The passage of the measure comes after a two-year campaign by the Service Employees International Union to highlight the pay and working conditions of Chicago’s nonunionized airport workers, who it seeks to add to its member rolls.

“It’s a win-win-win-win for airport workers, passengers, the city and the airlines,” said SEIU Local 1 President Tom Balanoff, whose union organized several protests and strikes to pressure lawmakers. “It’s going to start a process to make a better life for the workers here and make a safer, cleaner, more convenient airport for the passengers and help Chicago start to lift up all of our communities.”

The law covers baggage handlers, aircraft cabin cleaners, janitors, security officers, ticket-takers, de-icers and wheelchair attendants, among other workers.

Be sure to check out the full story over at the Chicago Tribune!

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Chicago set to raise airport workers’ pay, clear path to a union

Edith Alvarenga has spent the past 12 years picking up trash, sweeping up crumbs and mopping up spills — and occasional bodily fluids — that passengers leave behind on airplanes. And she loves it.

She loves that nearly everyone at O’Hare Airport knows her. She loves helping passengers, especially Spanish-speaking travelers, when they aren’t sure where to go. She loves seeing people arriving and departing, which makes her feel like she is traveling herself.

What Alvarenga says she doesn’t love about her job as a cabin cleaner in Terminal 3 is that she gets no benefits, that her $11.50 hourly wage is barely enough to make ends meet and that workers are sometimes treated unfairly.

So she is excited for Wednesday, when the Chicago City Council is expected to approve an ordinance that would boost the wages of O’Hare and Midway airport workers and clear the path for them to unionize.

“When we don’t like something, the best thing is to fight to make it better,” Alvarenga, a native of El Salvador, said in Spanish. “I like the work and I want to make this job better.”

Mayor Rahm Emanuel introduced the ordinance in late July after a two-year campaign by the Service Employees International Union to hold the city accountable for the pay and working conditions of airline subcontractors, part of a national push by the union as it seeks to add airport workers to its rolls.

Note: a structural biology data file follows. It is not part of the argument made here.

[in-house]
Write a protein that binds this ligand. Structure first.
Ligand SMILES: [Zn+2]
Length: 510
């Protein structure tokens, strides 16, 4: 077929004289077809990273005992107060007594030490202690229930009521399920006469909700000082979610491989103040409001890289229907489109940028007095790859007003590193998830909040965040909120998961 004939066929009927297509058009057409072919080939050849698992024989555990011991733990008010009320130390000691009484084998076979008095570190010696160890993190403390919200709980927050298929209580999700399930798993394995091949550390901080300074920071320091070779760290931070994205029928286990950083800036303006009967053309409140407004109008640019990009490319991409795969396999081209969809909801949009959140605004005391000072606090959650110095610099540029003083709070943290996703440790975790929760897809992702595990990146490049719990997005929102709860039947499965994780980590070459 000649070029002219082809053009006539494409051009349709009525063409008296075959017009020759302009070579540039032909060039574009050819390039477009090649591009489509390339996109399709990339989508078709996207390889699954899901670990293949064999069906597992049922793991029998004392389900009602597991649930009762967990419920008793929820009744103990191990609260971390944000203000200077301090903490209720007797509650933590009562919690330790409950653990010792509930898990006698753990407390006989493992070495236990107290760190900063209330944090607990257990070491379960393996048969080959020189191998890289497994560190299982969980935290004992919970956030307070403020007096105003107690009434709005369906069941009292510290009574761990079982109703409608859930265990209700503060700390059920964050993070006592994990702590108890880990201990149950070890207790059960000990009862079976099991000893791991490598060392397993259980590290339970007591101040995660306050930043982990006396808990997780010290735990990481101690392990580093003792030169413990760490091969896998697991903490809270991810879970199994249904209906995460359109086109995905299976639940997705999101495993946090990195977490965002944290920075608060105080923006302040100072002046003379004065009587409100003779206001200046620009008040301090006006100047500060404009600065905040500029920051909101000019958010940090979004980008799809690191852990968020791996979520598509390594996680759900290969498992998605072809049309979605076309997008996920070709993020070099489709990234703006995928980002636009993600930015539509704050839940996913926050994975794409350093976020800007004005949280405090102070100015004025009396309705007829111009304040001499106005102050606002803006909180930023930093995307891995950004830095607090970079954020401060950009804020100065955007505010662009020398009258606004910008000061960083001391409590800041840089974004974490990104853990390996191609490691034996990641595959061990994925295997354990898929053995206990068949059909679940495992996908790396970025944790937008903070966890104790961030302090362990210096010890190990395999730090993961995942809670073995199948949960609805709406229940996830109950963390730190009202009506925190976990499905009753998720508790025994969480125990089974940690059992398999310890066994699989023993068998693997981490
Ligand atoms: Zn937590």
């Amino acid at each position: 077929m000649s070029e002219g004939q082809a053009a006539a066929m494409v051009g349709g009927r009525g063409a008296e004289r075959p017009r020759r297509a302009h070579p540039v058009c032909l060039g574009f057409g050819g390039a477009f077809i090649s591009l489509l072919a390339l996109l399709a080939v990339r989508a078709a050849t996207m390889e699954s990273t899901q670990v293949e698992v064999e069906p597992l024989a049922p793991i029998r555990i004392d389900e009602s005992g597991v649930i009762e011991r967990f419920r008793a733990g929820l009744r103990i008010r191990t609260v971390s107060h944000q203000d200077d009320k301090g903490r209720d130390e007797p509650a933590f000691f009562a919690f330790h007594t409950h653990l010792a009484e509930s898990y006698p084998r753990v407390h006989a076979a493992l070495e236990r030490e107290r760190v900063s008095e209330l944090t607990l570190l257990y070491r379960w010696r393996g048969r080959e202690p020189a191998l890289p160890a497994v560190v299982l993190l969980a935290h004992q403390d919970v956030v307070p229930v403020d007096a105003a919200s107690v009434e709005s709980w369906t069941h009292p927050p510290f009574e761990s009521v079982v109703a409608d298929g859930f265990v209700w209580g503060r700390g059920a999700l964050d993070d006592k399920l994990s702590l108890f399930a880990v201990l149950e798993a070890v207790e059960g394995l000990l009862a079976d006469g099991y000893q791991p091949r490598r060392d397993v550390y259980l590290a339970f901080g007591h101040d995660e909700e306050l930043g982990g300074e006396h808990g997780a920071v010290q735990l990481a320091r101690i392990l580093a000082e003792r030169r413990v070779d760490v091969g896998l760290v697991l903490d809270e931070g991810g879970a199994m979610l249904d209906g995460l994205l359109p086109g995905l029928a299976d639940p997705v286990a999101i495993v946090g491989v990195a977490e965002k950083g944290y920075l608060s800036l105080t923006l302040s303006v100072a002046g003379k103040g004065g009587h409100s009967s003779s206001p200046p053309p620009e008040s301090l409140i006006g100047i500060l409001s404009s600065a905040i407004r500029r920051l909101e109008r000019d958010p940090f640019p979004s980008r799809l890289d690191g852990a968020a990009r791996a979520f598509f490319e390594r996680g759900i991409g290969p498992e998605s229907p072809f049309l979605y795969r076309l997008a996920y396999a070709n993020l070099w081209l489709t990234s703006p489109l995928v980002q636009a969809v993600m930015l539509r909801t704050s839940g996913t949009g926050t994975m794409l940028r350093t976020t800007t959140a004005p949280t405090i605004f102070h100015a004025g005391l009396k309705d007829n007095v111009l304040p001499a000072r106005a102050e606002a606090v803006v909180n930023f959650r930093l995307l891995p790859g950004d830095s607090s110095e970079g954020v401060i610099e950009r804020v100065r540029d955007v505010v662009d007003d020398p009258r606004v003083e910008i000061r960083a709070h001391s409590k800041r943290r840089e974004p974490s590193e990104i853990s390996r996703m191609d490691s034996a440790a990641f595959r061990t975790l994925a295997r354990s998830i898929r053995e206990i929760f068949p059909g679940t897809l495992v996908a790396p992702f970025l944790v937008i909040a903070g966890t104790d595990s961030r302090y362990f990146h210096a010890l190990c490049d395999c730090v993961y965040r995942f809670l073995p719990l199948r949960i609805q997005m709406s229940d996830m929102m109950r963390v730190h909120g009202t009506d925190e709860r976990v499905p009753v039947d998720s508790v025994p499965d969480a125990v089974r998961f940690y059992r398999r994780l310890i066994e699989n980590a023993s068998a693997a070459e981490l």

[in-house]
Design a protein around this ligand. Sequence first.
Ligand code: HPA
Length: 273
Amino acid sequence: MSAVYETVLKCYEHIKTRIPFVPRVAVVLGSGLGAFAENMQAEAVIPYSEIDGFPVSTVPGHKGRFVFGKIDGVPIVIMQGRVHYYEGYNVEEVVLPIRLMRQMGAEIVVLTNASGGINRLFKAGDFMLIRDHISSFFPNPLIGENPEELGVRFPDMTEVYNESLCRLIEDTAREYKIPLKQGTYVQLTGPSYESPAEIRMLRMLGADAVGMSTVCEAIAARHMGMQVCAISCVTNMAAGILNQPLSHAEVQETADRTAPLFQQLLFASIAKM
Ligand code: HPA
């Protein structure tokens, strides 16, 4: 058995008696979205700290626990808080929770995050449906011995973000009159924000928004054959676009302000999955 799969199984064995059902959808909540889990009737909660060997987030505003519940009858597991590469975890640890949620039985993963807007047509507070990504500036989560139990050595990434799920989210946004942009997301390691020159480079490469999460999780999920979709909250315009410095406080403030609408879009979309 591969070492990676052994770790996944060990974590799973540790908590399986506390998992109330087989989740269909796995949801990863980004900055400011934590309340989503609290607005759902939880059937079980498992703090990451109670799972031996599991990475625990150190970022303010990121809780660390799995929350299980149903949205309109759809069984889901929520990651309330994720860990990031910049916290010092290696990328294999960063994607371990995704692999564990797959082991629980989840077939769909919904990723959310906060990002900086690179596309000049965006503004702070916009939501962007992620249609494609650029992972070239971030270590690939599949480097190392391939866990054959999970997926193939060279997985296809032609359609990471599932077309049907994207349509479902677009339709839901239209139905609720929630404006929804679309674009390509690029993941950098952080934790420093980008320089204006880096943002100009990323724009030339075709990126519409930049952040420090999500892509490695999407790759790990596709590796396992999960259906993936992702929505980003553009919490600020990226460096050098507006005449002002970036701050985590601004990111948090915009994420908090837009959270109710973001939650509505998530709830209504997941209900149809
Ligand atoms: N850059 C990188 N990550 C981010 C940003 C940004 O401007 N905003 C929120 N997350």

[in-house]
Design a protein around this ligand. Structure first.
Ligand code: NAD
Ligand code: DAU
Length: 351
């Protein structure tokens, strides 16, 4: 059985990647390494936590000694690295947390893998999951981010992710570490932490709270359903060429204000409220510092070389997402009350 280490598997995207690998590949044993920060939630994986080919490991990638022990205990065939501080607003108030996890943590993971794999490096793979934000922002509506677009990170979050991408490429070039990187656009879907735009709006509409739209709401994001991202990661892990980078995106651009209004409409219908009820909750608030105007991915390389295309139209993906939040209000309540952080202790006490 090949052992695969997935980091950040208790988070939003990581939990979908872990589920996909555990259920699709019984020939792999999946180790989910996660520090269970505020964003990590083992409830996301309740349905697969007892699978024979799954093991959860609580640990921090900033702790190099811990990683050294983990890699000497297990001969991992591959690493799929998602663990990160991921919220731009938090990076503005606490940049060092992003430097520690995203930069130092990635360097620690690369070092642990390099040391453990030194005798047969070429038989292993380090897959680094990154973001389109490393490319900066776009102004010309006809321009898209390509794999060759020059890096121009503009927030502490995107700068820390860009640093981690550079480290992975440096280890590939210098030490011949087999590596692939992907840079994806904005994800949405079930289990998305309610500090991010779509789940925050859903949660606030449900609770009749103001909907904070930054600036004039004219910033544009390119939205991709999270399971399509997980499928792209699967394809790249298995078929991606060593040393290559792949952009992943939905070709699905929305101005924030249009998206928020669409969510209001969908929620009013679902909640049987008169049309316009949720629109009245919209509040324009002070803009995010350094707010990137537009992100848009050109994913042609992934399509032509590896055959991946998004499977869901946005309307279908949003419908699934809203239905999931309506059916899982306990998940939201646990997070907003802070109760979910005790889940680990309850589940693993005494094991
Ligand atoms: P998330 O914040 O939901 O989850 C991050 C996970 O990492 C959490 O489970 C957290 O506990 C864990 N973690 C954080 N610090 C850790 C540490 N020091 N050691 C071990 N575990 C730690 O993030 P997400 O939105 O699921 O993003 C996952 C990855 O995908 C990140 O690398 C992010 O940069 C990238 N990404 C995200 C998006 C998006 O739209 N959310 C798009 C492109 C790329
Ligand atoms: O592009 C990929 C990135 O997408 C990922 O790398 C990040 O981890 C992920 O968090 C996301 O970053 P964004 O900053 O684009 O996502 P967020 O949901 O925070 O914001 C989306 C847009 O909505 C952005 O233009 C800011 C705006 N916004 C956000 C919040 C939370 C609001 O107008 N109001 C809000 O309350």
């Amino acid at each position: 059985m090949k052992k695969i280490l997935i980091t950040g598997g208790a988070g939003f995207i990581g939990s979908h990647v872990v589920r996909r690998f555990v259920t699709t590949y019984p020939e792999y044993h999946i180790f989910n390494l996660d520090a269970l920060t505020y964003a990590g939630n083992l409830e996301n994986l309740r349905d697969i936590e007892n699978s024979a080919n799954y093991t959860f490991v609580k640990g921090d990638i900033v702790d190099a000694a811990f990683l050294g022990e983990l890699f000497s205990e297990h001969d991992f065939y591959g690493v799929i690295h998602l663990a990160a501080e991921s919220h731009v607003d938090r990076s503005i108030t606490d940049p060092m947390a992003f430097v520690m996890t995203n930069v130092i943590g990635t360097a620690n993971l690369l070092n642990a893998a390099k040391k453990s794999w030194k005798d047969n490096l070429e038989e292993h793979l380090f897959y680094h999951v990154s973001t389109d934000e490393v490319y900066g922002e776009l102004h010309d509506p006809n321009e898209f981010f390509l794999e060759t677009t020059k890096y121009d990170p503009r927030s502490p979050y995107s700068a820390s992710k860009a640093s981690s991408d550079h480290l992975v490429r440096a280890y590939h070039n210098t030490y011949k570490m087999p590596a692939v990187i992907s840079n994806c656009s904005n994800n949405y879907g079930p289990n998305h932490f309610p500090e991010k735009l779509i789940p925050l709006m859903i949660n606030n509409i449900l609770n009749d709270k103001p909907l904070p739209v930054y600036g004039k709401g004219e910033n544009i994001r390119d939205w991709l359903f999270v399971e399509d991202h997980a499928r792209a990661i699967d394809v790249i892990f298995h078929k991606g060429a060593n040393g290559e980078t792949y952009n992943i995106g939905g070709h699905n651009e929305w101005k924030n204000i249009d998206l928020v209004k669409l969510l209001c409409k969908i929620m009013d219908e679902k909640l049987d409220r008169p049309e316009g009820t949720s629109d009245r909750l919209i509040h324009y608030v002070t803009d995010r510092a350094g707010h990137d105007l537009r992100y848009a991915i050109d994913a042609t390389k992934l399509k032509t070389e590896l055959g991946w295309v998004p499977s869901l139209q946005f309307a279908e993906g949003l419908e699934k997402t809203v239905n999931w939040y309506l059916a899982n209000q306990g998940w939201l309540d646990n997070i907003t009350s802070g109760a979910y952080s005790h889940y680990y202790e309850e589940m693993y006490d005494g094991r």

Chicago’s ordinance makes labor standards part of the requirements for obtaining a license to provide services at O’Hare and Midway airports. It covers nearly 8,000 workers employed by contractors hired by the airlines, including baggage handlers, cabin cleaners, janitors, security officers, ticket-takers, de-icers and wheelchair attendants.

The ordinance states licensed contractors must pay workers at least $13.45 an hour starting next July 1, and raise the wage in proportion to the consumer price index every subsequent year. That gives them a leg up over Chicago’s minimum wage, which recently was raised to $11 an hour as the city gradually steps toward $13 by 2019.

Tipped workers like wheelchair attendants would get $1 more than the city’s tipped minimum wage, which currently is $5.95.

Contractors also would have to establish “labor peace agreements” with any union that asks, which means that the union would agree not to picket or call strikes and the company would agree not to resist organizing efforts. Such agreements don’t require an employer to recognize a union or enter into a collective bargaining agreement, but they can smooth the path to a union election.

“It certainly makes it easier to organize workers if they aren’t feeling threatened,” said Izabela Miltko-Ivkovich, spokeswoman for SEIU Local 1, which was behind several strikes and protests at O’Hare over the last two years.

The ordinance is opposed by Airlines for America, an airline advocacy group that counts United and American Airlines among its members. In a letter to Chicago’s Department of Aviation, the group argued that the labor peace provision violates federal labor law and is “ambiguous, internally inconsistent, and provides virtually no guidance regarding implementation.” In addition, “there is no policy or economic justification for establishing a separate minimum wage for just one small group of private sector employees working for one industry at two locations in the city.”

Other airports abide by airport-specific compensation requirements, including San Francisco; Seattle; Minneapolis; LaGuardia and JFK in New York; and Newark, N.J. Chicago modeled its ordinance after Los Angeles’ airport law, which contains a labor peace provision, because it withstood a legal challenge, SEIU said.

“This is about ensuring the highest standard and most efficient operations at Midway and O’Hare,” the mayor’s office said in a statement Thursday.

It is also about politics as SEIU, the massive union behind the Fight for $15 campaign, appeals to elected officials to advance worker interests and reach the growing segment of low-wage workers it would like to convert into members.